Stability Distribution

Stability Distribution

Photo courtesy of PAUL BOWEN PHOTOGRAPHY. One of the unique aspects of flying twin-engine and turbine airplanes is the wide range of operating weights. Even more important, utilizing more or less of this loading capability means there is potentially a much wider range of centers of gravity compared to smaller aircraft. Changes in CG location Read More

The Difference Between  Good and Bad Decisions

The Difference Between Good and Bad Decisions

Consider yourself in this situation: You’re receiving your Flight Review in your own airplane. You’re in the traffic pattern to a runway that is not terribly short, but your performance calculations reveal to be close to the minimum length you personally accept under the day’s conditions. There’s a 30-foot tall line of trees on the Read More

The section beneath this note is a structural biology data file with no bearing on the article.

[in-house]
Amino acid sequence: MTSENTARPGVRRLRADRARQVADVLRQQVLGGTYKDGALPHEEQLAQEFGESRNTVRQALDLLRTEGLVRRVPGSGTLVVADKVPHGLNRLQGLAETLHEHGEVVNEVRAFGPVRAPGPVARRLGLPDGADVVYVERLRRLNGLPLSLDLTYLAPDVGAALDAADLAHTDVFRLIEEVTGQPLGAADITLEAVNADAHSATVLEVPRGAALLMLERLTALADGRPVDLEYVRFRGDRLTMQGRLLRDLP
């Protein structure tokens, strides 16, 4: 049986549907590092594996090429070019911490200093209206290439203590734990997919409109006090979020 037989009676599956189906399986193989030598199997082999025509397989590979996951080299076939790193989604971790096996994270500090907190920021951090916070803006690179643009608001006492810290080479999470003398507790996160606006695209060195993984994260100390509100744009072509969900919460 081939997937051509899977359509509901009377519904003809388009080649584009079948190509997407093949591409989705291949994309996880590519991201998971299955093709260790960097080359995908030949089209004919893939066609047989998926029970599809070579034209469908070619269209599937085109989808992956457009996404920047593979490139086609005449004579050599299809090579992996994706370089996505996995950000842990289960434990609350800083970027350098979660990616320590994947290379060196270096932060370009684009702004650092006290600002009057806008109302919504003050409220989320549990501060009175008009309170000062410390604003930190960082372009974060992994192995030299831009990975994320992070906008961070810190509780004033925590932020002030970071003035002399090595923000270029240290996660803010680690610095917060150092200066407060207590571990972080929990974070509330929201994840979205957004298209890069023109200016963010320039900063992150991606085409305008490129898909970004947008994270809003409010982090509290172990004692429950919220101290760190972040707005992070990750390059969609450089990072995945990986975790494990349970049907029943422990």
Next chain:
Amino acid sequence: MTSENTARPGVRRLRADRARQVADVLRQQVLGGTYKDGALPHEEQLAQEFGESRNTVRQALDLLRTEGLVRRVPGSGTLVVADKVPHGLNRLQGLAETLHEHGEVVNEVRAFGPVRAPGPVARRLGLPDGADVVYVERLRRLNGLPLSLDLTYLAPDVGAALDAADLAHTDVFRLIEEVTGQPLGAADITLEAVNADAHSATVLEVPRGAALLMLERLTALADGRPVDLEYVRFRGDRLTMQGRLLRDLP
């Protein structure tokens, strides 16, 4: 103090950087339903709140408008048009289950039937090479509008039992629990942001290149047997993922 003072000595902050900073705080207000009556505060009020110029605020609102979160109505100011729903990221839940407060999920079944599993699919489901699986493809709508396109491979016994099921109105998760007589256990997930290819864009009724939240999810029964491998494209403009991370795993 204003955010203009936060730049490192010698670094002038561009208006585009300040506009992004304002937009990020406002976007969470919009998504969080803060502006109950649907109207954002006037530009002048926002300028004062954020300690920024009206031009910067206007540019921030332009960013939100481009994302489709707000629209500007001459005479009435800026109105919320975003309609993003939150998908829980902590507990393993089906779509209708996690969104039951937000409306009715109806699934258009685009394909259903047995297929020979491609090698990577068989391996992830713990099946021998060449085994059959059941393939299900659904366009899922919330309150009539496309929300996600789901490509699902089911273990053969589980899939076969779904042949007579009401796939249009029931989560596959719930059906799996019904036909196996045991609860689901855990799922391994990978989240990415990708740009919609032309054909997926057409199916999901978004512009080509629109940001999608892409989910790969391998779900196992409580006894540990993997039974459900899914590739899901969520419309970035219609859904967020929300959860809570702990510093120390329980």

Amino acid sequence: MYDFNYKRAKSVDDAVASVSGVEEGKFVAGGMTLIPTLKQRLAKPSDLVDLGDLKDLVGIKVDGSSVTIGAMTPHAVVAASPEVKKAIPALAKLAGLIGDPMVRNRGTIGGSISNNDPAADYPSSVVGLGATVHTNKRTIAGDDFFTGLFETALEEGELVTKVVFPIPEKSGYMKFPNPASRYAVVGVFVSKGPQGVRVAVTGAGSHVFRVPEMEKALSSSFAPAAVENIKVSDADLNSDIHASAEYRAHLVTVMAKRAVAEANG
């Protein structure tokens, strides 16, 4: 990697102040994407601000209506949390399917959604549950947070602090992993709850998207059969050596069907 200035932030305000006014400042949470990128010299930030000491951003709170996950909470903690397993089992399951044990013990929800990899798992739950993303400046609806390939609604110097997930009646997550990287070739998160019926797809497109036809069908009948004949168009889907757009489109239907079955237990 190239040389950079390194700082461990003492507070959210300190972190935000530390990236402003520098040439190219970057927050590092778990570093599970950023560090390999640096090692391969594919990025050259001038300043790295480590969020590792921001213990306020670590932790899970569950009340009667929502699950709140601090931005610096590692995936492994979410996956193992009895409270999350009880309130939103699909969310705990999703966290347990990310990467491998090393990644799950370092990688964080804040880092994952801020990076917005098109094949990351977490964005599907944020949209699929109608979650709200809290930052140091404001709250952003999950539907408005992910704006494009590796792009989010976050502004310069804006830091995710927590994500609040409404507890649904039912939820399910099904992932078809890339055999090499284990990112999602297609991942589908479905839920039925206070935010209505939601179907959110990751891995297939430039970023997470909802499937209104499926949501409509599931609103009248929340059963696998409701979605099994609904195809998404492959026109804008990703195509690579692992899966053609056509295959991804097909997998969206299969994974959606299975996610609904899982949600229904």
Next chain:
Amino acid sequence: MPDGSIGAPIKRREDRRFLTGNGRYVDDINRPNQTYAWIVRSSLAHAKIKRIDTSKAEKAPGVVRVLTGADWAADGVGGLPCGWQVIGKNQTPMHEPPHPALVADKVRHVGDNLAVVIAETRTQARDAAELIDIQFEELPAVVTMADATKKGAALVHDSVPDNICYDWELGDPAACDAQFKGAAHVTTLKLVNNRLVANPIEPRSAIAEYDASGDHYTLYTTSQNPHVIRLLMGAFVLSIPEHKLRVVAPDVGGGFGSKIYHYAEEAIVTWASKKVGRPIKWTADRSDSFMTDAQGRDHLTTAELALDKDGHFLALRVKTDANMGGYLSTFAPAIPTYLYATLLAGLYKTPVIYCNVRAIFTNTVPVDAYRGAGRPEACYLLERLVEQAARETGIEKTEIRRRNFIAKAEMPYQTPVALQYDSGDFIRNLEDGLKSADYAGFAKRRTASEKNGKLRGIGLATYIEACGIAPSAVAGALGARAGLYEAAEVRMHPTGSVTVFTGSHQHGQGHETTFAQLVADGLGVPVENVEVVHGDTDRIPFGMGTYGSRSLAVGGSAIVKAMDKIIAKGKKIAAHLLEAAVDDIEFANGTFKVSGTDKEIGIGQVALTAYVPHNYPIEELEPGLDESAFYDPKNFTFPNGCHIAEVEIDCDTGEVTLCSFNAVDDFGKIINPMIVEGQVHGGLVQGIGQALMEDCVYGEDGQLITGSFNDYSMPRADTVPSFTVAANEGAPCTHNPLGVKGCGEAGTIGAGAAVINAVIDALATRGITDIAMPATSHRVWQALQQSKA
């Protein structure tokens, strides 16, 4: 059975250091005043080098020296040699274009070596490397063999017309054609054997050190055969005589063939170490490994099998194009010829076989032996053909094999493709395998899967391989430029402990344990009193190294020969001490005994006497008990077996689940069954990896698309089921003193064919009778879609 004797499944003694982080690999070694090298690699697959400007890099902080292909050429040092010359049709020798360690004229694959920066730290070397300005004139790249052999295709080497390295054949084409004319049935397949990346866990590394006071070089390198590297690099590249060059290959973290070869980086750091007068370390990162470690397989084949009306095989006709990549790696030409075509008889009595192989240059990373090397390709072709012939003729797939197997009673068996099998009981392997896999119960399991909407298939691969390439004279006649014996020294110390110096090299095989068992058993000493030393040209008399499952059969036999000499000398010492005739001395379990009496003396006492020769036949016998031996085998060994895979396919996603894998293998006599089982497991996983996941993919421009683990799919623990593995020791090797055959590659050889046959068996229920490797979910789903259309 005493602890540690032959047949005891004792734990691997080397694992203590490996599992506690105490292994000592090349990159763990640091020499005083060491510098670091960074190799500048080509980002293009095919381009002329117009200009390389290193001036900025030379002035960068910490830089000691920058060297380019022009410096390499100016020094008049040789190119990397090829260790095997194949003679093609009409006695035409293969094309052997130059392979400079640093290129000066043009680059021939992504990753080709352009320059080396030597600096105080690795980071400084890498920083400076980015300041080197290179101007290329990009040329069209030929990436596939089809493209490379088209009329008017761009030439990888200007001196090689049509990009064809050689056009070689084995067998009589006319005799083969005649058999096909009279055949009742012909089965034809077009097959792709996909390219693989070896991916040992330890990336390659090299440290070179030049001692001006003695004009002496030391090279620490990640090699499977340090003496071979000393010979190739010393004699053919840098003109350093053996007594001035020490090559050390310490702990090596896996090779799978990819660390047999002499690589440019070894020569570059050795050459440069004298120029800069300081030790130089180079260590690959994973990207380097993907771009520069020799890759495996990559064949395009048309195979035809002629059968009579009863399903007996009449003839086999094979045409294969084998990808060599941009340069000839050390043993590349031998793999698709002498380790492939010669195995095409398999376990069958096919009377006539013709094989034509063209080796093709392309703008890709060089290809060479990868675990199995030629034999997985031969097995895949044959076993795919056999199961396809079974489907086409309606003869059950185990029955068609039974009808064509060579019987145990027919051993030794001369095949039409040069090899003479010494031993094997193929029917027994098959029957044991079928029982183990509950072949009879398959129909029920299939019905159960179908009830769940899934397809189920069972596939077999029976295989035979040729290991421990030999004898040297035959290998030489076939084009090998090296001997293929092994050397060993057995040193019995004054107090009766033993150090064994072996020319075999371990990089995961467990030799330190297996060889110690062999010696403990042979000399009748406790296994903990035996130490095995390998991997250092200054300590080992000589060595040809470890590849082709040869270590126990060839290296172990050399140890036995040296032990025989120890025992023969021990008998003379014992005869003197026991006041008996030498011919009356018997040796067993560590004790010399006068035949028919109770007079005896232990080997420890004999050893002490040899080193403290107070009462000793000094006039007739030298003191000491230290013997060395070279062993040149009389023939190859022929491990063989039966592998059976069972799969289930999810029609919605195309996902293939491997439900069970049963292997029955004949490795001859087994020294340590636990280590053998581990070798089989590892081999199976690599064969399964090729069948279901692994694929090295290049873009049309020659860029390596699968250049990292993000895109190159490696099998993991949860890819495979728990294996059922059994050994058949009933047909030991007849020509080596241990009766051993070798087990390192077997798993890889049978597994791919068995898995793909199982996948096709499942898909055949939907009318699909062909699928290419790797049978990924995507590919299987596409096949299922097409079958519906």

Evaluating Weather & Exercising Options

I planned to fly up to Oshkosh from Wichita on Friday before AirVenture. My plan, following suggestions I included in “Are You Good Enough to Fly into Oshkosh?” (July issue), was to fly about 2.5 hours to Dubuque, Iowa (KDBQ), top off the fuel tanks, then make the roughly one-hour hop to Oshkosh following the Read More

Stability, Steep Turns  & Spirals

Stability, Steep Turns & Spirals

The recent, fatal crash of a vintage military trainer provides valuable lessons for pilots of twin and turbine airplanes as well. The NTSB reports: …a North American SNJ-5 airplane impacted terrain following a loss of control during initial climb after takeoff from runway 13R at Kingsville Naval Air Station (NQI), Kingsville, Texas. The pilot and Read More

Are You Good Enough to Fly into Oshkosh?

Are You Good Enough to Fly into Oshkosh?

(Lead Photo Courtesy of PAUL BOWEN PHOTOGRAPHY) Flying into Oshkosh, Wisconsin’s Wittman Regional Airport (KOSH) for EAA AirVenture is an amazing experience. But it’s one that requires special expertise, and for you to be at the very top of your game. Come to think of it, we need to be at our very best every time Read More